From: David B. Held (dheld_at_[hidden])
Date: 2002-11-26 00:55:21
"Robert Ramey" <ramey_at_[hidden]> wrote in message
> Date: Mon, 25 Nov 2002 11:08:32 +0300
> a) a libray gets accepted to boost.
> b) some time after, someone comes up with a next great improvement
> c) so he tries to convince the original author to roll in the new
> feature but the original author isn't convinced.
> d) but the library isn't doesn't belong to Robert Ramey anymore:
> it belongs to boost.
Technically, no. Most libraries remain the property of the author, as I
understand it. However, Boost requires that the author provide a license
that allows for modification.
> So you make your new improved version and submit it to the formal
> review process (presumably as it would be an incremental change it
> wouldn't be as excruciating as what I've been going through.)
Many times, small changes are simply implemented by the author directly,
with no formal review. I would imagine that a major revision would be
commented on by the Boost community, but I'm not aware of any already-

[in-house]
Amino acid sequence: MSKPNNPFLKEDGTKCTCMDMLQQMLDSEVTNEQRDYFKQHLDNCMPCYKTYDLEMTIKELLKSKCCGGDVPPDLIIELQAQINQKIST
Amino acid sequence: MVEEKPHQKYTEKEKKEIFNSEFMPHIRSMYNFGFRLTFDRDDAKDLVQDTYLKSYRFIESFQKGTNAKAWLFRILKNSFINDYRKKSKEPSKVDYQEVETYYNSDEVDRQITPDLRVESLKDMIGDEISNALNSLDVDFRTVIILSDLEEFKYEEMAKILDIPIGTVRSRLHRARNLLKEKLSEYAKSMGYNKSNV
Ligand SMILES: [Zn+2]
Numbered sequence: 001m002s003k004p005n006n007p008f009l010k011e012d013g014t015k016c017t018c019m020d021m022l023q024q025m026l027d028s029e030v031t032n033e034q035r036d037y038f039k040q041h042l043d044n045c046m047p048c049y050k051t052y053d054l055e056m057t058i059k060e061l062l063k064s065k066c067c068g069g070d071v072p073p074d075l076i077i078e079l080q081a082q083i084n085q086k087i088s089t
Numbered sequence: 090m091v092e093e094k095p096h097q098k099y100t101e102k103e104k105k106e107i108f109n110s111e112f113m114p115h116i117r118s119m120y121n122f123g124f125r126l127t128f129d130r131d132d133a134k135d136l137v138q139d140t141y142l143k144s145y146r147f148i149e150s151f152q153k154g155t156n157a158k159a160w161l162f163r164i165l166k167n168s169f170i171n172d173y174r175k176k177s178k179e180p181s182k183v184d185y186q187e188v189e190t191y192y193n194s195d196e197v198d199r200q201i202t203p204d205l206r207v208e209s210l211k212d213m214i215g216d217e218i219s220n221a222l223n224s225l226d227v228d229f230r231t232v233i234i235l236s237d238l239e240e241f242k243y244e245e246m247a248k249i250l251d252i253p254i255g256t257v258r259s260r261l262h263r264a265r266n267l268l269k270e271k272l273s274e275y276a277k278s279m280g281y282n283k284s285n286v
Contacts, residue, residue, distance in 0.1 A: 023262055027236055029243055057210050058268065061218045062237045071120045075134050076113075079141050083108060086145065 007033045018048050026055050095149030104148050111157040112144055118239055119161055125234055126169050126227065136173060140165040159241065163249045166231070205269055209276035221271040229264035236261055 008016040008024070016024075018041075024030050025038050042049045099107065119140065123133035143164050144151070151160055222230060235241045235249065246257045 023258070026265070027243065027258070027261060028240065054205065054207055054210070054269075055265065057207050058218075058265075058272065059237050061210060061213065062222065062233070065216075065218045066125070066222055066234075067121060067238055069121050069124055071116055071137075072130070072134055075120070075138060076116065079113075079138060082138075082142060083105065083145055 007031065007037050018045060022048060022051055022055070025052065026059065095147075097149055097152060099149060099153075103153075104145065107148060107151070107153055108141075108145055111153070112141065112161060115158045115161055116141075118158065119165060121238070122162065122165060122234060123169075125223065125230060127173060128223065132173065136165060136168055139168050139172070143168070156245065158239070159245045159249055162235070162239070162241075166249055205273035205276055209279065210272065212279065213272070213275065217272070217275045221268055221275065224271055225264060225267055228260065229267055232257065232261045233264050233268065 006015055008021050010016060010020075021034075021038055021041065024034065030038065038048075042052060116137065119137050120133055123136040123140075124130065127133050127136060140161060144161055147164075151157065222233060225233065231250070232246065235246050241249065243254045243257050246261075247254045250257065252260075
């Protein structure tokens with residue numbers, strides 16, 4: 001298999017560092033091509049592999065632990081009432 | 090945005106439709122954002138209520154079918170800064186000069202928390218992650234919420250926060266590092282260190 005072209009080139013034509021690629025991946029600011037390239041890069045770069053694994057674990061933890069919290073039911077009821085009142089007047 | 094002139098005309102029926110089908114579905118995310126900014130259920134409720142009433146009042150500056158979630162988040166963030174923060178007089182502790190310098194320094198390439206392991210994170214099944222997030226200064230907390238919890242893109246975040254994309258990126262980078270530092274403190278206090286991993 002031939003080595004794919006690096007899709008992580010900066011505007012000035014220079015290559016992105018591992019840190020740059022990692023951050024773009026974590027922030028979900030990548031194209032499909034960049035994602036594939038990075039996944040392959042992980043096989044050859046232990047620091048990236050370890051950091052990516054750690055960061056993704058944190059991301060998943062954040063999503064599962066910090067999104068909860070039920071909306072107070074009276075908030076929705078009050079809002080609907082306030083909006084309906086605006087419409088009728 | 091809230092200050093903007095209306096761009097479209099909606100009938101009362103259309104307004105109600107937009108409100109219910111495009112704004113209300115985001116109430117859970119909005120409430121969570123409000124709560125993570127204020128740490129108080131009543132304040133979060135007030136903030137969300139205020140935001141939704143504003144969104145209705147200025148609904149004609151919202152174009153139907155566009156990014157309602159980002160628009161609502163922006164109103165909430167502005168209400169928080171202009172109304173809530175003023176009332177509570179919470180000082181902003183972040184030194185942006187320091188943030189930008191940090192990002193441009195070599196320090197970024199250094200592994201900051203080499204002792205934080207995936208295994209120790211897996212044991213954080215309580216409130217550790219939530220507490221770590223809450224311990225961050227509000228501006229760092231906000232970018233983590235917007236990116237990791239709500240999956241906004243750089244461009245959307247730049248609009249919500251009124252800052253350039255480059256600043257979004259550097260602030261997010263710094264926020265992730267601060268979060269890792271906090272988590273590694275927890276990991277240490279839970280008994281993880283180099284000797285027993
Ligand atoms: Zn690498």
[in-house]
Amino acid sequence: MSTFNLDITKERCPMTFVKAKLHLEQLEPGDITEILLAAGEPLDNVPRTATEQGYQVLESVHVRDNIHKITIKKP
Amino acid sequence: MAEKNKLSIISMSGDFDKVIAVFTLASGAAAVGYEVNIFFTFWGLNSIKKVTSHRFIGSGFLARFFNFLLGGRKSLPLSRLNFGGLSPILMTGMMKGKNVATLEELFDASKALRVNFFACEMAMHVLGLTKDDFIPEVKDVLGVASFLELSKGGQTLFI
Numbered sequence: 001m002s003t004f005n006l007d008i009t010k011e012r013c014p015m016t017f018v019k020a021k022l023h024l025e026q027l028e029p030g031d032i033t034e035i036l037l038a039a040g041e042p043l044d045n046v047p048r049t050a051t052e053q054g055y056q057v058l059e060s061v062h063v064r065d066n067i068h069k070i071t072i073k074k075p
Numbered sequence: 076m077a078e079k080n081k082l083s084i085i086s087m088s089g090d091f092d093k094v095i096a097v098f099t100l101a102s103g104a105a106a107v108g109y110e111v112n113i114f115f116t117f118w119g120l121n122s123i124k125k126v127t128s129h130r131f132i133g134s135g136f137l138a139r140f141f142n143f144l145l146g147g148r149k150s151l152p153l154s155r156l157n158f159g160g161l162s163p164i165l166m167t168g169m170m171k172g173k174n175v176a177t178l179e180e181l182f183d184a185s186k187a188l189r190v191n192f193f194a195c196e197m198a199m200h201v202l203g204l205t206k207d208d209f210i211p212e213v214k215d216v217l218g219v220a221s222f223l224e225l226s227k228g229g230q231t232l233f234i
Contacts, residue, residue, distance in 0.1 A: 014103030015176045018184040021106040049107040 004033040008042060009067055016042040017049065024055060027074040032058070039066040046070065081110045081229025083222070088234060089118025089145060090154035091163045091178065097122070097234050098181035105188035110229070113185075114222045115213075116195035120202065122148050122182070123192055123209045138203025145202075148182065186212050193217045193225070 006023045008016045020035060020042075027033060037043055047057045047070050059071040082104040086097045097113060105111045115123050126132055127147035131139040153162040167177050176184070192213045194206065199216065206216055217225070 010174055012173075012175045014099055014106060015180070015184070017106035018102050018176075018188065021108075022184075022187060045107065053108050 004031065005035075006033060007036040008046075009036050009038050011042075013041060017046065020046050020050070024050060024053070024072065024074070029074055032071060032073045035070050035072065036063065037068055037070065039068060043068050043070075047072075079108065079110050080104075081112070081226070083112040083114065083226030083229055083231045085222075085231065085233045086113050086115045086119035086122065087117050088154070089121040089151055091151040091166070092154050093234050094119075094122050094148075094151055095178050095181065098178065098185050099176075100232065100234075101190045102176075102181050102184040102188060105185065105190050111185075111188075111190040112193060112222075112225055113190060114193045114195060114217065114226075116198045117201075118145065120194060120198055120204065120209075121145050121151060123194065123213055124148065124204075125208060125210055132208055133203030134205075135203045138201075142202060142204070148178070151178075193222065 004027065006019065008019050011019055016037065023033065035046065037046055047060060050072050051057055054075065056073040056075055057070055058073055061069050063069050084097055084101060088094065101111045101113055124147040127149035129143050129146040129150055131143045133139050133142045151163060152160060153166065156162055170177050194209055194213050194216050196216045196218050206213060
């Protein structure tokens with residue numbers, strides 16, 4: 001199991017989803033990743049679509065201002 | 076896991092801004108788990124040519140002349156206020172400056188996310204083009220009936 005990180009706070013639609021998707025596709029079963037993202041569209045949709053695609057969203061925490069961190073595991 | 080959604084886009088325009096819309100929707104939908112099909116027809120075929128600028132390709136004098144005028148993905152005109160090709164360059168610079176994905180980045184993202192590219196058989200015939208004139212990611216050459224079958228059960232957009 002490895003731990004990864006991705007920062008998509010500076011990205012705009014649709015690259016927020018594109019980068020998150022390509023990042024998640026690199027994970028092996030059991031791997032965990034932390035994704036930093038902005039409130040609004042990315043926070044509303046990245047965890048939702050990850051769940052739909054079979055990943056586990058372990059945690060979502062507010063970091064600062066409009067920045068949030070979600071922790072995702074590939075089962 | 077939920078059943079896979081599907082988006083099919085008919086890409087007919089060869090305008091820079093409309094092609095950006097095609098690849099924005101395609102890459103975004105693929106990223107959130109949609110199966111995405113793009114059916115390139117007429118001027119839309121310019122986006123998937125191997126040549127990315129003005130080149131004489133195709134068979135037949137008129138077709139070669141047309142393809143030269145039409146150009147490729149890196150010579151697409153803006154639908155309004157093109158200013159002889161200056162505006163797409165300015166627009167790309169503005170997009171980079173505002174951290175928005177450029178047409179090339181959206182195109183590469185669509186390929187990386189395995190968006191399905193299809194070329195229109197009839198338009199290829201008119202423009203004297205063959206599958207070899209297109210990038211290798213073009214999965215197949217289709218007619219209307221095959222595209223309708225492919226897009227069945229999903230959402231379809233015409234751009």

accepted library being re-reviewed due to major changes (though I'm sure
this is a possibility).
> e) the finally things get resolved more or less as they get resolved now.
> f) if the boost systems decides to role in the new changes
> thats it. If I'm really unhappy - well I still have my pristine copy.
Well, since you are the author, unless you revoke your copyright by placing
it in the public domain, or giving it to someone else, you have the final
in what happens to the library. What you can't do is prevent someone from
making a new version of your library based on the features they want, since
the license requirements allow for this possibility.
> Once I give it to boost, its not really mine anymore. I recognize that
> is how it has to be.
I don't see any reason why you would give up your copyright. You simply
need to have a conforming license. My understanding is that Boost
recognizes and values the contribution of library authors, and works to
protect their donation to the community by requiring a clearly stated
copyright/license in submitted libraries.
On the other hand, if you don't wish to continue developing the library,
is nothing stopping you from letting someone else take it over and make
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